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Kung Fu Tea

Martial Arts History, Wing Chun and Chinese Martial Studies.

Month

August 2013

Digital Sparring: A History of Martial Arts in Video Games by Rob Argent

Video games are an important force in modern popular culture.  I remember talking to new students when I was teaching introductory Wing Chun classes for my Sifu back in Salt Lake.  I would often ask students what got them interested... Continue Reading →

Bridges and Big Knives: The Use of the “Big Knife” saber in the Chinese Republican Army

By Brian L. Kennedy and Elizabeth Guo Brian L. Kennedy has been kind enough to kick off our "2013 Web Symposium on Chinese Martial Studies" with the following guest post.  In this article he revisits some of his previous research... Continue Reading →

Welcome to Kung Fu Tea’s 2013 Web Symposium on Chinese Martial Studies

  In honor of Kung Fu Tea's 100,000th page view I would like to welcome you to the 2013 Web Symposium on Chinese Martial Studies. I Over the next three weeks a variety of students and scholars will be contributing... Continue Reading →

The Book Club: Chinese Archery by Stephen Selby, Part II: Popular Texts, Qigong and the Military Exams.

  This is the second section of our two part discussion of Chinese Archery (2000, Hong Kong University Press) by Stephen Selby.  In part one we examined the first half of his book which covered the earliest written records of... Continue Reading →

The Book Club: Chinese Archery by Stephen Selby: A critical text for all students of Chinese martial studies.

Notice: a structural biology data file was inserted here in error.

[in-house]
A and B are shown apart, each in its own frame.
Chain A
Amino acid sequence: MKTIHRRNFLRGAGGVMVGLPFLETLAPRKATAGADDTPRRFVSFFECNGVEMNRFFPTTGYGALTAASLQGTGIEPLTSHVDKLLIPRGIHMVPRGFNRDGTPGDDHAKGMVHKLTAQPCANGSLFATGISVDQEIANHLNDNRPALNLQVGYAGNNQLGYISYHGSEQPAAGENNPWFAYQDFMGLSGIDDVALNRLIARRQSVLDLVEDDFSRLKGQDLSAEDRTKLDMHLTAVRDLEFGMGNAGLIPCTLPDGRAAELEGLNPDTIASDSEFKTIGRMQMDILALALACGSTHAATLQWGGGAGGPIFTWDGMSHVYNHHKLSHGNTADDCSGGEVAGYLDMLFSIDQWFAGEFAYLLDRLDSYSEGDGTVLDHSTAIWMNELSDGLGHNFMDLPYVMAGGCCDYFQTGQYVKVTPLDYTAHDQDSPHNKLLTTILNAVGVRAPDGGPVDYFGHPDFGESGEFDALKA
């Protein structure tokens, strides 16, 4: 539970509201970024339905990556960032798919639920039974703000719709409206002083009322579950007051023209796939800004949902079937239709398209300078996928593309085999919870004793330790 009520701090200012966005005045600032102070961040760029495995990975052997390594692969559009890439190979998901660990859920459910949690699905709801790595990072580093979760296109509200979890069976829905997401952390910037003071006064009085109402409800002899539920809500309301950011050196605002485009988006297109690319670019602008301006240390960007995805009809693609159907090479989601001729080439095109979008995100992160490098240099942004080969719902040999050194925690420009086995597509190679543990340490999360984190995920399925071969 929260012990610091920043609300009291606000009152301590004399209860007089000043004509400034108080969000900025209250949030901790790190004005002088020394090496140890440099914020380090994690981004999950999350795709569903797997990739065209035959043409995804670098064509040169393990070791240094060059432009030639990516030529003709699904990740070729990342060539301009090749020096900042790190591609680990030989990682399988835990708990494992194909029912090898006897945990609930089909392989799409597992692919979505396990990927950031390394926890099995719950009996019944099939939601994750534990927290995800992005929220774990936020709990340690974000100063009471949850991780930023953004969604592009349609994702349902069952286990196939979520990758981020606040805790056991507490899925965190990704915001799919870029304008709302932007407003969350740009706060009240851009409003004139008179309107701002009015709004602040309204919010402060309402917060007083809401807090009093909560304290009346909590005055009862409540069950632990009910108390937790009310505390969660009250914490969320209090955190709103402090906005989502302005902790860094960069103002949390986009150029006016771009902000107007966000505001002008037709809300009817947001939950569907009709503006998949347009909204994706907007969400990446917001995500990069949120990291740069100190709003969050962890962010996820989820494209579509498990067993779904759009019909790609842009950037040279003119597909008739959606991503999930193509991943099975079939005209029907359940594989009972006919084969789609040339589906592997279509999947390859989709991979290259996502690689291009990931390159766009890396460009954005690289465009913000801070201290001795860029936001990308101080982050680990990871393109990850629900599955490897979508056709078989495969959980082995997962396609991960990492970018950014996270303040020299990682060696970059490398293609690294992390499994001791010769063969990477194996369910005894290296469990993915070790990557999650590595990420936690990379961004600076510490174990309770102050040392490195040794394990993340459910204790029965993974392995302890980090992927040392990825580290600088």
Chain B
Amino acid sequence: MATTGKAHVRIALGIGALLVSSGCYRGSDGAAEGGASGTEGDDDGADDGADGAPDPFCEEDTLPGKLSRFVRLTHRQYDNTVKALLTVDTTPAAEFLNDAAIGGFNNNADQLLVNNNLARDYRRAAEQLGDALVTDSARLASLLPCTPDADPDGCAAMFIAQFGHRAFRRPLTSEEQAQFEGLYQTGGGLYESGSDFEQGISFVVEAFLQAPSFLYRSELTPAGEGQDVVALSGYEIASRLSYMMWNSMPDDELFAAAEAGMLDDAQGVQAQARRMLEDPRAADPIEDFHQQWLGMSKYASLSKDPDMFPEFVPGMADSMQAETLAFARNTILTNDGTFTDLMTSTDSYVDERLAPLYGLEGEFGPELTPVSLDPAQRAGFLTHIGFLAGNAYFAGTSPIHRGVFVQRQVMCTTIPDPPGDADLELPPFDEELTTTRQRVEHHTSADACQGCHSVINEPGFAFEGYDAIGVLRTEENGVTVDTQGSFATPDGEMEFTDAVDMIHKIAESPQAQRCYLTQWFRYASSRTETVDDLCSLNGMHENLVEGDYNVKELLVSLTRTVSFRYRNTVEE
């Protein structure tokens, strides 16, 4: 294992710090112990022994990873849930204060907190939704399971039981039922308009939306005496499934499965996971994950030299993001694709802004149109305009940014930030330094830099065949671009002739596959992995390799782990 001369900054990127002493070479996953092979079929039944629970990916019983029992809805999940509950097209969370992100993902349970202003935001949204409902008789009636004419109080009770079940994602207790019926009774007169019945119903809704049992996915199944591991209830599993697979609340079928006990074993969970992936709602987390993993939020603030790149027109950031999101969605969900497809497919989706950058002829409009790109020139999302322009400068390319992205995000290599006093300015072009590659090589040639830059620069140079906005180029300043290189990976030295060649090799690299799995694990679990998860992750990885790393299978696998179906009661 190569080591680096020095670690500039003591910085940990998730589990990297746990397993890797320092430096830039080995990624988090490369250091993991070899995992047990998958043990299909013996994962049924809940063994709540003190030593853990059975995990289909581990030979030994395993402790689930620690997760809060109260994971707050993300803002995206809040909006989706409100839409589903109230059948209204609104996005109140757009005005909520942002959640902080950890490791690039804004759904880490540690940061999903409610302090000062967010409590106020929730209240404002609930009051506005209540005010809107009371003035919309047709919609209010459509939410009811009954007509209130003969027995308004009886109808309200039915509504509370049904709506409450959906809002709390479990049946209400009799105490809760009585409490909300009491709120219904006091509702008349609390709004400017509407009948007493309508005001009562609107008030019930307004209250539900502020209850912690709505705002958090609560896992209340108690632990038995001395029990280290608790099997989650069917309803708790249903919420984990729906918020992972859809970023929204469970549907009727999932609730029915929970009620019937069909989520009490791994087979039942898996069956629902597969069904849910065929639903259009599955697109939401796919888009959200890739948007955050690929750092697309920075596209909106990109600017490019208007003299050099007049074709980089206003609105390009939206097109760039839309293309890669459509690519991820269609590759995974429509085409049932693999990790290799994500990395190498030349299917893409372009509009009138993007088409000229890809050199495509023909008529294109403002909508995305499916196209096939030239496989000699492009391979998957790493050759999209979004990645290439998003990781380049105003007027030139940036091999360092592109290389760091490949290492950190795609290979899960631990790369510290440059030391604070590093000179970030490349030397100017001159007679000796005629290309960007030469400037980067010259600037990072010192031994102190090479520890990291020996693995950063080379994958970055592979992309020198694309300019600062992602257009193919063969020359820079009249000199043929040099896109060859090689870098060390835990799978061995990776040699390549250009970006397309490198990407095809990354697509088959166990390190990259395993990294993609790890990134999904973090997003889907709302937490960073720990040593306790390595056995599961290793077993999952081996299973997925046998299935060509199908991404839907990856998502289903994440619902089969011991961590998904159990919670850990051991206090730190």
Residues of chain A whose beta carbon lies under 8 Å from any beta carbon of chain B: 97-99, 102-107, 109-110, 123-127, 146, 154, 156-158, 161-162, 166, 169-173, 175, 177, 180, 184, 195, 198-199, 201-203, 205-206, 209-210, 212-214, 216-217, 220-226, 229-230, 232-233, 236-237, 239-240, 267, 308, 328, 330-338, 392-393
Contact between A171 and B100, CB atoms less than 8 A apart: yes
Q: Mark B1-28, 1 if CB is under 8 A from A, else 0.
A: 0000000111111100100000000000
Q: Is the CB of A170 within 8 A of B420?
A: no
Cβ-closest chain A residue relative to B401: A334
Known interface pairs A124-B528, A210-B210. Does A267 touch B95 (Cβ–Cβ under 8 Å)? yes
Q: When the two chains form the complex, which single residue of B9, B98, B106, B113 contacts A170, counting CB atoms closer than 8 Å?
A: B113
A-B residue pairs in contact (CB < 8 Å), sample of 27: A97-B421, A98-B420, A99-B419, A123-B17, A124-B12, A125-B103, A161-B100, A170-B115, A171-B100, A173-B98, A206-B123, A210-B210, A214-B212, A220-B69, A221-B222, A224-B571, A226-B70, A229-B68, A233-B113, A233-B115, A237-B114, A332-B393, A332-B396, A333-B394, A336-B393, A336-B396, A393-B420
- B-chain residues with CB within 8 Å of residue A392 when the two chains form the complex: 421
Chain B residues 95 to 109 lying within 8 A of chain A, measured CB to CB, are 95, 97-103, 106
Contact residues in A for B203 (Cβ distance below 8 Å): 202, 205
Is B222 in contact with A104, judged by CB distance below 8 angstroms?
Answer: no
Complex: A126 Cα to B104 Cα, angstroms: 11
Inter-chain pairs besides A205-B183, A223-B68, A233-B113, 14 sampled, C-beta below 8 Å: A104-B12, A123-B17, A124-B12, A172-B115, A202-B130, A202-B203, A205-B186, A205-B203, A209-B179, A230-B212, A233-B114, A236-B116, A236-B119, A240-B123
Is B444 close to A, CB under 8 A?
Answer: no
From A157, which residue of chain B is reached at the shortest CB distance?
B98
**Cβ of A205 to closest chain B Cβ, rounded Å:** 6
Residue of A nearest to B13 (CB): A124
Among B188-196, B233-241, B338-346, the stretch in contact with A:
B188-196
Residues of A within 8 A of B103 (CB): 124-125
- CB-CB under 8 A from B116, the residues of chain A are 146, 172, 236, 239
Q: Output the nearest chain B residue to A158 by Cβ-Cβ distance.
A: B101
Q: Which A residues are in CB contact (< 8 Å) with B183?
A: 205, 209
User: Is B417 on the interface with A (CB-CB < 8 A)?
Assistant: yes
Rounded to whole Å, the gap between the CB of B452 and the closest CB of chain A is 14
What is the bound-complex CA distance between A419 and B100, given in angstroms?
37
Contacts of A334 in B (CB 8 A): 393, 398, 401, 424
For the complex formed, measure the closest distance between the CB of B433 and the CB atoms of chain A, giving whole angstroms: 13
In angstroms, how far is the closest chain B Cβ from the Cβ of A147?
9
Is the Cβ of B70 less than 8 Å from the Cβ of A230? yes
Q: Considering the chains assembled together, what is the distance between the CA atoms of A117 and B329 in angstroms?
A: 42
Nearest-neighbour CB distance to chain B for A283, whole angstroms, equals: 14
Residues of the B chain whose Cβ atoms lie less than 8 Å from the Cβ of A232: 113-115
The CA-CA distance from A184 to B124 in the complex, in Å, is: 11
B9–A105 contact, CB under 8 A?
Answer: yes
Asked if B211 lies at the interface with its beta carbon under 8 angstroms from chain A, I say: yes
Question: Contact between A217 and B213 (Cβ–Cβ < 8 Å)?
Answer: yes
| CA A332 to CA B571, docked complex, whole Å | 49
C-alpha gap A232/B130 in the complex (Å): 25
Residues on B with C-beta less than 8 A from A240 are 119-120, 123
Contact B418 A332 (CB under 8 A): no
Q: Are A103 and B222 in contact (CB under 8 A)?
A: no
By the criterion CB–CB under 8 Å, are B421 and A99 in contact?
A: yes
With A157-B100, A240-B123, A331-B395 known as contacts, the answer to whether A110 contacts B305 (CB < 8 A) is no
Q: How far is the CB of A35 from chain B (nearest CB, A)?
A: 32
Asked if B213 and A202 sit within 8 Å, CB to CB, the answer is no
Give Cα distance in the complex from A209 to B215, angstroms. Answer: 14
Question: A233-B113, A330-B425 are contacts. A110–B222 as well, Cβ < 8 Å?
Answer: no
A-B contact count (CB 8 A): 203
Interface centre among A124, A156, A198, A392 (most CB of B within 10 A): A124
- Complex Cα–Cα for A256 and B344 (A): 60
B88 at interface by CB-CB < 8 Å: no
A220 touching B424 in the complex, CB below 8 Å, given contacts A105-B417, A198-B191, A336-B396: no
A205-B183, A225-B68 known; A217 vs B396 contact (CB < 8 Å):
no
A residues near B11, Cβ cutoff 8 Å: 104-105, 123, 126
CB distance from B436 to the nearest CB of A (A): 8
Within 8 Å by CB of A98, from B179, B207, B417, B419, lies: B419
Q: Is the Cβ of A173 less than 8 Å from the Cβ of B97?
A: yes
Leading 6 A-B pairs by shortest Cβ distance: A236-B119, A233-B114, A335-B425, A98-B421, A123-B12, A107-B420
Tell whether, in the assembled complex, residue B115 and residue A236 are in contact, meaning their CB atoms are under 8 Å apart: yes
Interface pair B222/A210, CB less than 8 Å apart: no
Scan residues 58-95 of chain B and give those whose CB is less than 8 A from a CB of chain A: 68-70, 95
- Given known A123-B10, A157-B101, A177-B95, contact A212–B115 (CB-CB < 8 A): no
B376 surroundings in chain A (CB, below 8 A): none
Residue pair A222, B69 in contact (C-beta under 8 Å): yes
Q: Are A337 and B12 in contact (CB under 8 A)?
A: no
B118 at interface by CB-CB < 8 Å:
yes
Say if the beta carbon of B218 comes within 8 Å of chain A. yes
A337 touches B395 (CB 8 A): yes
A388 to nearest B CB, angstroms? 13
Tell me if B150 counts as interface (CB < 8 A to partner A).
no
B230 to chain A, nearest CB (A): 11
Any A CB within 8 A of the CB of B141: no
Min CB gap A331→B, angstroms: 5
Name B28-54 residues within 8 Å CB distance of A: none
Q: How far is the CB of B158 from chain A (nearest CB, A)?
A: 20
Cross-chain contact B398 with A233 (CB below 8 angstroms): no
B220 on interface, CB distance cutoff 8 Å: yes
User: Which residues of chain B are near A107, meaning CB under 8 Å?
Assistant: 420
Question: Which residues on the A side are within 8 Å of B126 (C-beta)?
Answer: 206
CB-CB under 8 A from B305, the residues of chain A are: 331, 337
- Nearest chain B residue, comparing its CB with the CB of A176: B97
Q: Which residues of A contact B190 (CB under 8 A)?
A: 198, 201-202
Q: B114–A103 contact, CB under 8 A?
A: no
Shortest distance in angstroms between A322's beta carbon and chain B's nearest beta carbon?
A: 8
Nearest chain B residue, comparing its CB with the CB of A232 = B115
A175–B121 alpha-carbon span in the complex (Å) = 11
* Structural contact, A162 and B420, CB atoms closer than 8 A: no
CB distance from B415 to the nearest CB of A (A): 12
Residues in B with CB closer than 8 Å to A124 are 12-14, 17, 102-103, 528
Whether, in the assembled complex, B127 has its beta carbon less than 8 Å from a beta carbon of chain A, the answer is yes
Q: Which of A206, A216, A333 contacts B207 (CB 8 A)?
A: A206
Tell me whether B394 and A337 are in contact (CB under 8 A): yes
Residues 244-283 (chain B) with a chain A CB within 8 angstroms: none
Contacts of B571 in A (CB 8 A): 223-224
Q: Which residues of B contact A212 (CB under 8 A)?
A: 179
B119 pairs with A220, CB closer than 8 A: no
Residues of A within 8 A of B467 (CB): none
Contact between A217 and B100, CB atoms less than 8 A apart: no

The Book Club is a semi-regular feature here at Kung Fu Tea in which we read and discuss a major work in the field of Chinese martial studies.  The basic idea is to replicate the sort of discussion that you... Continue Reading →

Leung Kai’s Ghost Story: Remembering a Modern Choy Li Fut Master.

Introduction Once again I find myself staying up late to write my Monday morning post.  I had originally planned on doing a news update, but given the hour I thought a ghost story might actually be more appropriate.  The following... Continue Reading →

Through a Lens Darkly (15): How Fr. Michel de Maynard Captured Chinese Martial Culture in a Moment of Transition (1906-1912).

Introduction The old adage states that a picture is worth a thousand words.  After having reviewed hundreds of potential images for this series of posts, and writing over a dozen entries, I can now state with some certainty that this... Continue Reading →

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